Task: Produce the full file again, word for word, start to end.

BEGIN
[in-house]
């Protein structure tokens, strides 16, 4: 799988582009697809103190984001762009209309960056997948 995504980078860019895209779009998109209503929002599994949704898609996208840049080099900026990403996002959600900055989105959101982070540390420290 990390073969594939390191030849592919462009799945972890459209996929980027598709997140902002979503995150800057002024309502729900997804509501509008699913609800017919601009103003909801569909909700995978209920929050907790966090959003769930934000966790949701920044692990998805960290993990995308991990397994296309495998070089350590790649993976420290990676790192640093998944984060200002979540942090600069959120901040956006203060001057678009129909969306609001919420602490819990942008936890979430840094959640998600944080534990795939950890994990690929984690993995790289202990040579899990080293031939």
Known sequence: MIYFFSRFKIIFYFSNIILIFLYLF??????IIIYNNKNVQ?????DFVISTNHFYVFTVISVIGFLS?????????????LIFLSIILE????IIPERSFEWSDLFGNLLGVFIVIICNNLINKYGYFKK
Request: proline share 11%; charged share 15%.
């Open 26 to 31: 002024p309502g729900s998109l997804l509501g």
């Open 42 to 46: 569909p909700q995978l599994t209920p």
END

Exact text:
[in-house]
């Protein structure tokens, strides 16, 4: 799988582009697809103190984001762009209309960056997948 995504980078860019895209779009998109209503929002599994949704898609996208840049080099900026990403996002959600900055989105959101982070540390420290 990390073969594939390191030849592919462009799945972890459209996929980027598709997140902002979503995150800057002024309502729900997804509501509008699913609800017919601009103003909801569909909700995978209920929050907790966090959003769930934000966790949701920044692990998805960290993990995308991990397994296309495998070089350590790649993976420290990676790192640093998944984060200002979540942090600069959120901040956006203060001057678009129909969306609001919420602490819990942008936890979430840094959640998600944080534990795939950890994990690929984690993995790289202990040579899990080293031939």
Known sequence: MIYFFSRFKIIFYFSNIILIFLYLF??????IIIYNNKNVQ?????DFVISTNHFYVFTVISVIGFLS?????????????LIFLSIILE????IIPERSFEWSDLFGNLLGVFIVIICNNLINKYGYFKK
Request: proline share 11%; charged share 15%.
């Open 26 to 31: 002024p309502g729900s998109l997804l509501g």
């Open 42 to 46: 569909p909700q995978l599994t209920p």